On March 8, 2024, Judge J. Campell Barker, a federal district court judge in Texas, issued a decision striking down the National Labor Relations Board’s controversial joint employer rule, just three days before it was set to go into effect. The United States Chamber of Commerce, a coalition of business groups, filed the lawsuit shortly after the Board released the rule in October 2023. The joint employment concept refers to situations in which two or more legal entities share control or influence over workers to such an extent that each is deemed to be an employer of the workers in question. The Board’s revised joint employer rule, governing joint employment status under the National Labor Relations Act, aimed to ease the requirements for finding joint employer status, with significant implications for collective bargaining and other liability under the Act.

Under the Board’s revised rule, a business would be considered a joint employer not only if it had the right, and exercised the right, to directly control terms and conditions of employment for another business’s employees, but also if there was evidence that the business had reserved, unexercised rights to indirectly control those employees’ employment. Terms and conditions of employment subject to the rule included wages, benefits, and other compensation; hours of work and scheduling; the assignment of duties to be performed; the supervision of the performance of duties; work rules and directions governing the manner, means, and methods of the performance of duties and the grounds for discipline; the tenure of employment, including hiring and discharge; and working conditions related to the safety and health of employees.

Judge Barker determined that the Board’s rule is unlawfully broad because an entity would be deemed a joint employer simply by having the right to exercise indirect control over even one essential term and condition of employment, even if the entity did not actually exercise control. The judge also found fault with the Board’s two-step test, which requires first that the entity qualify as a common law employer, and then, only if it is a common law employer, that the entity have control, direct or indirect, exercise or unexercised, over one or more essential terms and conditions of employment.  The judge agreed with the Chamber’s argument that the second test is always met if the first test is met, so that the standard practically has only one step. Judge Barker observed that the Board’s rule would treat virtually every entity that contracts for labor as a joint employer because virtually every contract for third-party labor has terms that impact, at least indirectly, one or more essential terms and conditions of employment.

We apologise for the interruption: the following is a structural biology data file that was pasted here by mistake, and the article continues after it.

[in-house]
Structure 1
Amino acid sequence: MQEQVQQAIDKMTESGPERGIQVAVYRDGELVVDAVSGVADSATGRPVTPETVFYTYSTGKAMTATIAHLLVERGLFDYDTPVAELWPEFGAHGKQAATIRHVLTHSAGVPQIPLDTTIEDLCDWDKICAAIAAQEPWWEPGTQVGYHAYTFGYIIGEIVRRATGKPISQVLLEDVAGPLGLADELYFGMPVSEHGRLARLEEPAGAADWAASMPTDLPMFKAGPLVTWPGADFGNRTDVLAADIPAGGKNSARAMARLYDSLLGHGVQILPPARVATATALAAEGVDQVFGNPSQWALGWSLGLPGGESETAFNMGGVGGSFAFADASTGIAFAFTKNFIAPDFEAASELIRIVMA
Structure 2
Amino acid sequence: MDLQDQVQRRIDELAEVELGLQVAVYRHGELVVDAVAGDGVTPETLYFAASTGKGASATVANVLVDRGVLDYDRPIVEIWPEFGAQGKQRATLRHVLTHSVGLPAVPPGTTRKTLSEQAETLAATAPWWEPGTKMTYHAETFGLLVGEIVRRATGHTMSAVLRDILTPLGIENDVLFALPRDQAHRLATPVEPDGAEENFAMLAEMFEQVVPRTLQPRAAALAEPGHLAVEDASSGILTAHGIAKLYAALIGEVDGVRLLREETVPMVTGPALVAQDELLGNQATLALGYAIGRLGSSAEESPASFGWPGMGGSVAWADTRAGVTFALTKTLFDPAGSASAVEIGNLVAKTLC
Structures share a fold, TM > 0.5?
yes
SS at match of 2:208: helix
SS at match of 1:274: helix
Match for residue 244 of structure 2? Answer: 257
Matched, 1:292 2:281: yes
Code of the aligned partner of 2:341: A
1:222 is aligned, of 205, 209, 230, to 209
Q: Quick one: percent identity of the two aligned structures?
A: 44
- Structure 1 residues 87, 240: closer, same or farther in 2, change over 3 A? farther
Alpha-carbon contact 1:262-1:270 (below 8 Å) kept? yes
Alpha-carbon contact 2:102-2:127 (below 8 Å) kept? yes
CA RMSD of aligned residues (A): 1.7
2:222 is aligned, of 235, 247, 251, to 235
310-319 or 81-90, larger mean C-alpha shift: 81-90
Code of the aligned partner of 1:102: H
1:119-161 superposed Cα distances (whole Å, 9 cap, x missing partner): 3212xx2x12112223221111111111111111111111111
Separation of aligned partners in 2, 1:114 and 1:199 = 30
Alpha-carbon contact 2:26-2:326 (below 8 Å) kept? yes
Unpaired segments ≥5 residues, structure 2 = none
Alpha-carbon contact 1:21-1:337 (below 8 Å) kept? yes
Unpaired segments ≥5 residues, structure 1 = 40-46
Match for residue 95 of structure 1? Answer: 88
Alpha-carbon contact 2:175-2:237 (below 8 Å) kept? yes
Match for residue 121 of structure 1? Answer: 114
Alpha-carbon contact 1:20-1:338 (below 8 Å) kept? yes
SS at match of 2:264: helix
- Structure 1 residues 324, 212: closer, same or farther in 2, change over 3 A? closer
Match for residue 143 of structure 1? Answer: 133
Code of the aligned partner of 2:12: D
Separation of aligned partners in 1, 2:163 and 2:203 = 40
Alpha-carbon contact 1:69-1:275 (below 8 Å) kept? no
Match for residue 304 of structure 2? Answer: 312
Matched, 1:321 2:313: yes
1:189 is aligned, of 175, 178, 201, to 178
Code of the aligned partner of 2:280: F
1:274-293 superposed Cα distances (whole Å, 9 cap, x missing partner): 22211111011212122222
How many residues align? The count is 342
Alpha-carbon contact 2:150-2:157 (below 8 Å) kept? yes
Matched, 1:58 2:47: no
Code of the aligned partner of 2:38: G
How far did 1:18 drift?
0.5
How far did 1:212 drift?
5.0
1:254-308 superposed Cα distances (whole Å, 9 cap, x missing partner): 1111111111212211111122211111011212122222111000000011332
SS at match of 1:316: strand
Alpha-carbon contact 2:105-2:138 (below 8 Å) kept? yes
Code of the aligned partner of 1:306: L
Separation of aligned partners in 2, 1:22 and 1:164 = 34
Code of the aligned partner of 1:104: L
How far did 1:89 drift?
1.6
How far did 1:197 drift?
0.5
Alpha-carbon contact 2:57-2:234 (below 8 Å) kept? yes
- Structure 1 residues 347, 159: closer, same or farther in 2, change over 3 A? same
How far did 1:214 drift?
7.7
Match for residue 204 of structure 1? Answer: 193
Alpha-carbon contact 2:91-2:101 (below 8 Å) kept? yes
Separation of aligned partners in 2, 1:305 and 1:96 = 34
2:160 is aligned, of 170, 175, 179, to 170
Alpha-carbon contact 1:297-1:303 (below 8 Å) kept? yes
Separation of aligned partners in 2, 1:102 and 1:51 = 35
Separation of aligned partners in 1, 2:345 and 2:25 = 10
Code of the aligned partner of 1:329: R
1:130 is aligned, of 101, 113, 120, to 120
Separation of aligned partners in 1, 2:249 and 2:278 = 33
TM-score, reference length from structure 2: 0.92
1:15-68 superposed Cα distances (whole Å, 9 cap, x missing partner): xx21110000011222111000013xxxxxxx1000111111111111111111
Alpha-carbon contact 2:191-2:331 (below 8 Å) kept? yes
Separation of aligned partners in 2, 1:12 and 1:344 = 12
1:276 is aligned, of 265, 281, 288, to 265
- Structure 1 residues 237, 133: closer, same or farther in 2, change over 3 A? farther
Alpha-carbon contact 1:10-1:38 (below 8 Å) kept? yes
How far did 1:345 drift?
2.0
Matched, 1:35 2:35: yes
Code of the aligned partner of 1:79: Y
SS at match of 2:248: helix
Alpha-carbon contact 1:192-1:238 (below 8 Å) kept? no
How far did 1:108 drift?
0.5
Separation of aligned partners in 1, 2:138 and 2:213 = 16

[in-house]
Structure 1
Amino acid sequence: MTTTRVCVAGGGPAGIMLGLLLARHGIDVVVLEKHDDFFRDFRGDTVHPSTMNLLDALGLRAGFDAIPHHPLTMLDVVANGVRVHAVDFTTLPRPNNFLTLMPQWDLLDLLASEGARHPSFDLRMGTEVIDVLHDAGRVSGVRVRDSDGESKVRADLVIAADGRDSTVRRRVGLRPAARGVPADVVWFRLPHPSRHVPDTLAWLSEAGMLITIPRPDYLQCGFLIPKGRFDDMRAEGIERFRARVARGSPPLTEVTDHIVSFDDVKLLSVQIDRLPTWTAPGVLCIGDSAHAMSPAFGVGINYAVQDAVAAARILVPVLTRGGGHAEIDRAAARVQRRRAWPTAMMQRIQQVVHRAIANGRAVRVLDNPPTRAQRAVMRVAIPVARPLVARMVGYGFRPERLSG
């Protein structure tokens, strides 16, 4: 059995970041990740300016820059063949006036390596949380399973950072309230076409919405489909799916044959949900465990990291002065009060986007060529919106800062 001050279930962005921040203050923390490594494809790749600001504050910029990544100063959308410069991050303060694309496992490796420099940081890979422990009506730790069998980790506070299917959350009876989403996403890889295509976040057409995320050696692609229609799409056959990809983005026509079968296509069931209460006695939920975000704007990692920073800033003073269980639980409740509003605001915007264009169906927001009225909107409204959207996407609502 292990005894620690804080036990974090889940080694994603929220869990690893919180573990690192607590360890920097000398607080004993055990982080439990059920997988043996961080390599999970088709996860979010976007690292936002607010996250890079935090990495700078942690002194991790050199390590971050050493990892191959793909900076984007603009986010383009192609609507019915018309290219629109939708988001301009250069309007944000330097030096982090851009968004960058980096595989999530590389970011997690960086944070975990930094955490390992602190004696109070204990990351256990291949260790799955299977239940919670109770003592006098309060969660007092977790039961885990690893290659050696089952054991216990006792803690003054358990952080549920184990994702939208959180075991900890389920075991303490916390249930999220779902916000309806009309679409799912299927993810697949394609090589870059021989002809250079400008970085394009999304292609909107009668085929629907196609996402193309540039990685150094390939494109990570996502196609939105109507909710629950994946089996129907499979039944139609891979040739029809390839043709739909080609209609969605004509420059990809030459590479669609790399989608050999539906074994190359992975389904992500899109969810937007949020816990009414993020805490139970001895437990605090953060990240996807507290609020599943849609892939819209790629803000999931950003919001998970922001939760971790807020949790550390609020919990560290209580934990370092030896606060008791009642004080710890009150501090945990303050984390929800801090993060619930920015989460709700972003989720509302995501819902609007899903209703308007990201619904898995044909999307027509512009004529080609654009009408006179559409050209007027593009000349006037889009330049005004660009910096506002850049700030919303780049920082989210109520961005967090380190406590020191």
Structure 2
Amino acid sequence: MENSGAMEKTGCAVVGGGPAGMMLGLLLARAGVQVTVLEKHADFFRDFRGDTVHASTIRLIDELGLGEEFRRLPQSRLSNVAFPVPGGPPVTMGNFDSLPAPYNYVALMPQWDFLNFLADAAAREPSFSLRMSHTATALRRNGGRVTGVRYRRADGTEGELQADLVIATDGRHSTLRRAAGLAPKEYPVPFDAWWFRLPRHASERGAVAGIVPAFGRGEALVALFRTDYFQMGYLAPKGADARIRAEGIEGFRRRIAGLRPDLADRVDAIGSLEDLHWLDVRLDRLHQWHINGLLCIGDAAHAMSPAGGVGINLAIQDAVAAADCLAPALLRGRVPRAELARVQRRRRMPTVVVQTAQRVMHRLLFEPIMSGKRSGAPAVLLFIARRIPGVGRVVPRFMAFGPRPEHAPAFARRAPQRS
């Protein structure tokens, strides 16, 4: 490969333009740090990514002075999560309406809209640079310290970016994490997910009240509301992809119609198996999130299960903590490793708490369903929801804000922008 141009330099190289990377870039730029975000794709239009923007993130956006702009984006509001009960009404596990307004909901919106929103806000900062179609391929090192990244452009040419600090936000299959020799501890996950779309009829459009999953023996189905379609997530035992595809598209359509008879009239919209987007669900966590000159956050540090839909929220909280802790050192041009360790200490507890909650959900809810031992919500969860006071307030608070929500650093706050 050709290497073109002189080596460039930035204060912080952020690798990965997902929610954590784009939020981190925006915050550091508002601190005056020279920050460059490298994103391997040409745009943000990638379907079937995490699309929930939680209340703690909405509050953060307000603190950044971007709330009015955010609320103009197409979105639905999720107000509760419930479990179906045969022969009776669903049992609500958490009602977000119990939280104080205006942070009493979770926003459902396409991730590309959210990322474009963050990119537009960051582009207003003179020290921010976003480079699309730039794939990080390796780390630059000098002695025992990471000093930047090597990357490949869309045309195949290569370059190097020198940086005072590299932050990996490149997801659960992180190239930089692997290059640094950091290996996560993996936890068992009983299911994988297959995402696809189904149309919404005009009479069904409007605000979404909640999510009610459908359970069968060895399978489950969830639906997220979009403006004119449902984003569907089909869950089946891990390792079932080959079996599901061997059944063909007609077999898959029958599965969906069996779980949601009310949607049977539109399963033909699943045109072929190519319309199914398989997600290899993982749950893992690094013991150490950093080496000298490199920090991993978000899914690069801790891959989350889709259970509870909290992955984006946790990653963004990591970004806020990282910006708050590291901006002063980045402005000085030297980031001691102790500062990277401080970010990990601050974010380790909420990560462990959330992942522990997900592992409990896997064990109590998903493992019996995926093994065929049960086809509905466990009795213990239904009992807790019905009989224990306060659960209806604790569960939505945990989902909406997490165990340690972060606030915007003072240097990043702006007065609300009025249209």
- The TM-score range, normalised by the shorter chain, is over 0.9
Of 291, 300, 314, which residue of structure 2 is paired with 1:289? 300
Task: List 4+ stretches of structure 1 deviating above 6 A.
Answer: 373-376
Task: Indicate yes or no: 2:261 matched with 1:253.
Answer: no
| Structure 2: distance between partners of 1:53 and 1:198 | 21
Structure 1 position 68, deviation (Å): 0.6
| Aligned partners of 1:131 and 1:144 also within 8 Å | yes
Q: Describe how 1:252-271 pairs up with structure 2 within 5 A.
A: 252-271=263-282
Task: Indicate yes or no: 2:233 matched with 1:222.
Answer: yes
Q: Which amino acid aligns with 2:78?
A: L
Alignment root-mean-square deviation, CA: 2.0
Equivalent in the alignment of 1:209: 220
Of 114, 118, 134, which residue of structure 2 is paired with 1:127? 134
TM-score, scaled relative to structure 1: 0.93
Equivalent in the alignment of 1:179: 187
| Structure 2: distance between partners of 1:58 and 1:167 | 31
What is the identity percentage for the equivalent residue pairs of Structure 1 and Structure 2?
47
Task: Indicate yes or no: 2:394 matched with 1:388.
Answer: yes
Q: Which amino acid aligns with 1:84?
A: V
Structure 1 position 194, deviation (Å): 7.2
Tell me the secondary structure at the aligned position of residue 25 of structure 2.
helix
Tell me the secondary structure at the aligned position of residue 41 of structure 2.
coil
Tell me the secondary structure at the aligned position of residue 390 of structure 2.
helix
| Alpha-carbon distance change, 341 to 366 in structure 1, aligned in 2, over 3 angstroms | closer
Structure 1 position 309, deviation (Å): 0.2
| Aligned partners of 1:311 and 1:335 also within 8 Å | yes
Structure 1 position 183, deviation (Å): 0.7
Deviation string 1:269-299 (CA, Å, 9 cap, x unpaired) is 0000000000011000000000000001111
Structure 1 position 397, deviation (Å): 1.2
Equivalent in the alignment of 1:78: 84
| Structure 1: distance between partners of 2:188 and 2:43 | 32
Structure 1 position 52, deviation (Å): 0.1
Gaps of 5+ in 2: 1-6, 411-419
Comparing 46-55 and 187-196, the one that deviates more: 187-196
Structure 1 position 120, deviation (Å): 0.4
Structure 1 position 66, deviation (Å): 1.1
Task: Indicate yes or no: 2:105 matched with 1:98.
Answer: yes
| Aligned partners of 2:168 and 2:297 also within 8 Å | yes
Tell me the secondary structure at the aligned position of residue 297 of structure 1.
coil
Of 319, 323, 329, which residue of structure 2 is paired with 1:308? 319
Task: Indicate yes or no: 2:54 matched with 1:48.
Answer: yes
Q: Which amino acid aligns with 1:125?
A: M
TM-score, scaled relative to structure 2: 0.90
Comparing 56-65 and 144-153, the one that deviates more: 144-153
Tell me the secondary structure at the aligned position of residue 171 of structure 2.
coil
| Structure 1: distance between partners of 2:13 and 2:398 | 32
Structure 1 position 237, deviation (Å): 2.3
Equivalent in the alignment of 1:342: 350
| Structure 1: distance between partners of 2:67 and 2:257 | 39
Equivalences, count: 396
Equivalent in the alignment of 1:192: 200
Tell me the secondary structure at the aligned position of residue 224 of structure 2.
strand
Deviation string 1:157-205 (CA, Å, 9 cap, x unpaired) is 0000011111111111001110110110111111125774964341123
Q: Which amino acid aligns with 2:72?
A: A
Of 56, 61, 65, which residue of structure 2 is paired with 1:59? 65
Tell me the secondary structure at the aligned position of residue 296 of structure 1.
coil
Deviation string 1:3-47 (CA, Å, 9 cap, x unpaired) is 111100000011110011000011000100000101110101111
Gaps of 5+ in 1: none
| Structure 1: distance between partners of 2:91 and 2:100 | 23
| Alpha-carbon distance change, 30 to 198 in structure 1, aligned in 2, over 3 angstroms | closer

What does the decision mean for the immediate future and beyond? For now, the new rule will not be implemented. The Board’s prior joint employment rule from 2020, requiring “substantial direct and immediate control” that is not “limited or routine” for joint employer status, will remain in effect, but Judge Barker’s decision will not be the last word. The Board may appeal the district court decision to the Fifth Circuit Court of Appeals. There is also another legal action yet to be decided by the D.C. Circuit Court of Appeals arising out of a petition for review filed by the Service Employees International Union, seeking to strengthen the rule. Dueling lawsuits complicate matters and could result in a potential conflict, which could require resolution by a different court of appeals or, eventually, the U.S. Supreme Court. Under any of the various scenarios, it will take time for the litigation to play out. Employers may wish to use this reprieve to review their contracts and business practices, and assess their relationships with outside vendors, independent contractors, or other third-party contractors as the courts determine the ultimate fate of the new rule.